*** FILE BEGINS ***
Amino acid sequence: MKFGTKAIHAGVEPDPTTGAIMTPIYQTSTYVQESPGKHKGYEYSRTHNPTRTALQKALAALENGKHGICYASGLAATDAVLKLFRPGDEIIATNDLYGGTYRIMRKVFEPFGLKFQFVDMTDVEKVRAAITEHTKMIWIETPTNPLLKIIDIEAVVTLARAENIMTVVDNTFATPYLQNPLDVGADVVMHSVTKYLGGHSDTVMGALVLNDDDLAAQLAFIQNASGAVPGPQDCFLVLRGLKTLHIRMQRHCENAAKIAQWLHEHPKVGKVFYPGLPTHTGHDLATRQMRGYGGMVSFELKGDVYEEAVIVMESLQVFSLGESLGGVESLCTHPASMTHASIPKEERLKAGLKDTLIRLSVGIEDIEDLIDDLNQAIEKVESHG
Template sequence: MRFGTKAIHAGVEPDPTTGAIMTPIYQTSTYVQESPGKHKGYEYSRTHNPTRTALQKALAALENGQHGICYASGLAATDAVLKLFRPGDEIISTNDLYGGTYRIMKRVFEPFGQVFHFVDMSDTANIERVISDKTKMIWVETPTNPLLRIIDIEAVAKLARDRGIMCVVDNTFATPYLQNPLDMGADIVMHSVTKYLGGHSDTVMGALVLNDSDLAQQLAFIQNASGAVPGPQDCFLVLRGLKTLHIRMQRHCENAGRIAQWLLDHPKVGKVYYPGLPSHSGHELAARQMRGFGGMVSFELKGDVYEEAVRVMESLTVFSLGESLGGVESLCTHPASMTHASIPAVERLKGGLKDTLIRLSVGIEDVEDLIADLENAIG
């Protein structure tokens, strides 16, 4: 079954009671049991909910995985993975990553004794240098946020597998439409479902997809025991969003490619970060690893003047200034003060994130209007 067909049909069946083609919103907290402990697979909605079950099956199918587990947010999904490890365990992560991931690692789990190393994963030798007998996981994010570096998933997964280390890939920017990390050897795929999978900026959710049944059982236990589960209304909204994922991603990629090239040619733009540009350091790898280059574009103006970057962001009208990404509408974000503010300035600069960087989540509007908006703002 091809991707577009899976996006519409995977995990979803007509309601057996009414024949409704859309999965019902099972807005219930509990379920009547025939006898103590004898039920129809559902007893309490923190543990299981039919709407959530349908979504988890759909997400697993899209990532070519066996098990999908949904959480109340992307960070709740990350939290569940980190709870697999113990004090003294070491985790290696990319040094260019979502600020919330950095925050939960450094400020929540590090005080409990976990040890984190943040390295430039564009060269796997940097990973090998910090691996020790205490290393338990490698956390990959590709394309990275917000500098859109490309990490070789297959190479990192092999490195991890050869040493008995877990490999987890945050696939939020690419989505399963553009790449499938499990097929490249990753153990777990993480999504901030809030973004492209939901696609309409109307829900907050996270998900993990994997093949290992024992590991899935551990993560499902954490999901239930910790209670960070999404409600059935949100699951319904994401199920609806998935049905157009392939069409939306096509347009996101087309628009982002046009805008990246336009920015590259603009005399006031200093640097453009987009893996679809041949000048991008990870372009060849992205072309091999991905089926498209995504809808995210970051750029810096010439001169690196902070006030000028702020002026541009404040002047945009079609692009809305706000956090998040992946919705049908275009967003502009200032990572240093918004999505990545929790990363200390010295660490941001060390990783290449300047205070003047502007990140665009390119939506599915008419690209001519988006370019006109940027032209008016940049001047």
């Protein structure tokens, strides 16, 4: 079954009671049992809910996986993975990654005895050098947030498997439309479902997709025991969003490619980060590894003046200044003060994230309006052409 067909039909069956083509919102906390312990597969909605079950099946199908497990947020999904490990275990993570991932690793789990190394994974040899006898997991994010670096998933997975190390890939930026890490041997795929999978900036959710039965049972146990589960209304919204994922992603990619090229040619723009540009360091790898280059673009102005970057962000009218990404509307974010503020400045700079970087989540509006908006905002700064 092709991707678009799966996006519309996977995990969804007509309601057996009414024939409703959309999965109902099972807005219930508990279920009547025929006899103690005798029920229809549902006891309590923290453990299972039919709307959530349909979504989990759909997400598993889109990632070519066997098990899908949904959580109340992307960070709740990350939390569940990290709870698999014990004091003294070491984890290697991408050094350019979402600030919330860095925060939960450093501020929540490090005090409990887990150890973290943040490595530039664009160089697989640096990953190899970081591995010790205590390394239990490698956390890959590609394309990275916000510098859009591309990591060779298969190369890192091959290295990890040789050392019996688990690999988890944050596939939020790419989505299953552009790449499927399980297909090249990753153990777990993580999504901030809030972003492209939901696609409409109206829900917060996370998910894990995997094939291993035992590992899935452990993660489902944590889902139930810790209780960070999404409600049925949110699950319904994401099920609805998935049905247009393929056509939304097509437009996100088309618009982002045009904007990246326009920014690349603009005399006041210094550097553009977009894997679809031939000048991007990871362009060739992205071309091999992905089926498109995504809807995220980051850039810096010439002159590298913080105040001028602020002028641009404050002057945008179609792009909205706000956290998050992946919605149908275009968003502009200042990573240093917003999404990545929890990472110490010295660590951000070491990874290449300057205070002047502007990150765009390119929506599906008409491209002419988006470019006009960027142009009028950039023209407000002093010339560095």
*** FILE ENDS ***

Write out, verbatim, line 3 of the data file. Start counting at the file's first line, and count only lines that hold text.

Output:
């Protein structure tokens, strides 16, 4: 079954009671049991909910995985993975990553004794240098946020597998439409479902997809025991969003490619970060690893003047200034003060994130209007 067909049909069946083609919103907290402990697979909605079950099956199918587990947010999904490890365990992560991931690692789990190393994963030798007998996981994010570096998933997964280390890939920017990390050897795929999978900026959710049944059982236990589960209304909204994922991603990629090239040619733009540009350091790898280059574009103006970057962001009208990404509408974000503010300035600069960087989540509007908006703002 091809991707577009899976996006519409995977995990979803007509309601057996009414024949409704859309999965019902099972807005219930509990379920009547025939006898103590004898039920129809559902007893309490923190543990299981039919709407959530349908979504988890759909997400697993899209990532070519066996098990999908949904959480109340992307960070709740990350939290569940980190709870697999113990004090003294070491985790290696990319040094260019979502600020919330950095925050939960450094400020929540590090005080409990976990040890984190943040390295430039564009060269796997940097990973090998910090691996020790205490290393338990490698956390990959590709394309990275917000500098859109490309990490070789297959190479990192092999490195991890050869040493008995877990490999987890945050696939939020690419989505399963553009790449499938499990097929490249990753153990777990993480999504901030809030973004492209939901696609309409109307829900907050996270998900993990994997093949290992024992590991899935551990993560499902954490999901239930910790209670960070999404409600059935949100699951319904994401199920609806998935049905157009392939069409939306096509347009996101087309628009982002046009805008990246336009920015590259603009005399006031200093640097453009987009893996679809041949000048991008990870372009060849992205072309091999991905089926498209995504809808995210970051750029810096010439001169690196902070006030000028702020002026541009404040002047945009079609692009809305706000956090998040992946919705049908275009967003502009200032990572240093918004999505990545929790990363200390010295660490941001060390990783290449300047205070003047502007990140665009390119939506599915008419690209001519988006370019006109940027032209008016940049001047």